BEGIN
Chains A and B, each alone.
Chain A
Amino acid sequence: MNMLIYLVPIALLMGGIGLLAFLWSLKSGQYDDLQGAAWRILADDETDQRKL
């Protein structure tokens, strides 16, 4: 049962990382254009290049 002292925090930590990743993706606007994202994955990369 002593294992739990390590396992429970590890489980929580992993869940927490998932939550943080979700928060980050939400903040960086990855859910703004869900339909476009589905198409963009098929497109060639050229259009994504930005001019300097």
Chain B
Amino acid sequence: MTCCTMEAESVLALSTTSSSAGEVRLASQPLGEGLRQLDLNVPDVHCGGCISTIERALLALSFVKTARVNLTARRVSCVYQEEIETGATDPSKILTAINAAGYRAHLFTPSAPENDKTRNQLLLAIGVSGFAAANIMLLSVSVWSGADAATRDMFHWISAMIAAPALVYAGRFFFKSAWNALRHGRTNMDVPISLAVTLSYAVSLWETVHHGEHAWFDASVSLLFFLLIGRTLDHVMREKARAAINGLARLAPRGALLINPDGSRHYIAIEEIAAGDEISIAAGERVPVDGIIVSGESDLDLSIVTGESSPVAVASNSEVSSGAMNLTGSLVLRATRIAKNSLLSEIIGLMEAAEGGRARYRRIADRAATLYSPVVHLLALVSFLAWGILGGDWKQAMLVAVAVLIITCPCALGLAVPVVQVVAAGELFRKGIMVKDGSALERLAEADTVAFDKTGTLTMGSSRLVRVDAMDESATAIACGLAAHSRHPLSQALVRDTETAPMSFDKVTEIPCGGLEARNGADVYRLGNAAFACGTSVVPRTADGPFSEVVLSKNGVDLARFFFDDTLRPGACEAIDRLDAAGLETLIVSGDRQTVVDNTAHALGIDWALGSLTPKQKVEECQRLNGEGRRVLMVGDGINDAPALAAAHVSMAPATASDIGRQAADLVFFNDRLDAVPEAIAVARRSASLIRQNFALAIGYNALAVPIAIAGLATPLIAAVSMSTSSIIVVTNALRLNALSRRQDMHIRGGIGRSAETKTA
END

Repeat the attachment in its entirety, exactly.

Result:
Chains A and B, each alone.
Chain A
Amino acid sequence: MNMLIYLVPIALLMGGIGLLAFLWSLKSGQYDDLQGAAWRILADDETDQRKL
């Protein structure tokens, strides 16, 4: 049962990382254009290049 002292925090930590990743993706606007994202994955990369 002593294992739990390590396992429970590890489980929580992993869940927490998932939550943080979700928060980050939400903040960086990855859910703004869900339909476009589905198409963009098929497109060639050229259009994504930005001019300097």
Chain B
Amino acid sequence: MTCCTMEAESVLALSTTSSSAGEVRLASQPLGEGLRQLDLNVPDVHCGGCISTIERALLALSFVKTARVNLTARRVSCVYQEEIETGATDPSKILTAINAAGYRAHLFTPSAPENDKTRNQLLLAIGVSGFAAANIMLLSVSVWSGADAATRDMFHWISAMIAAPALVYAGRFFFKSAWNALRHGRTNMDVPISLAVTLSYAVSLWETVHHGEHAWFDASVSLLFFLLIGRTLDHVMREKARAAINGLARLAPRGALLINPDGSRHYIAIEEIAAGDEISIAAGERVPVDGIIVSGESDLDLSIVTGESSPVAVASNSEVSSGAMNLTGSLVLRATRIAKNSLLSEIIGLMEAAEGGRARYRRIADRAATLYSPVVHLLALVSFLAWGILGGDWKQAMLVAVAVLIITCPCALGLAVPVVQVVAAGELFRKGIMVKDGSALERLAEADTVAFDKTGTLTMGSSRLVRVDAMDESATAIACGLAAHSRHPLSQALVRDTETAPMSFDKVTEIPCGGLEARNGADVYRLGNAAFACGTSVVPRTADGPFSEVVLSKNGVDLARFFFDDTLRPGACEAIDRLDAAGLETLIVSGDRQTVVDNTAHALGIDWALGSLTPKQKVEECQRLNGEGRRVLMVGDGINDAPALAAAHVSMAPATASDIGRQAADLVFFNDRLDAVPEAIAVARRSASLIRQNFALAIGYNALAVPIAIAGLATPLIAAVSMSTSSIIVVTNALRLNALSRRQDMHIRGGIGRSAETKTA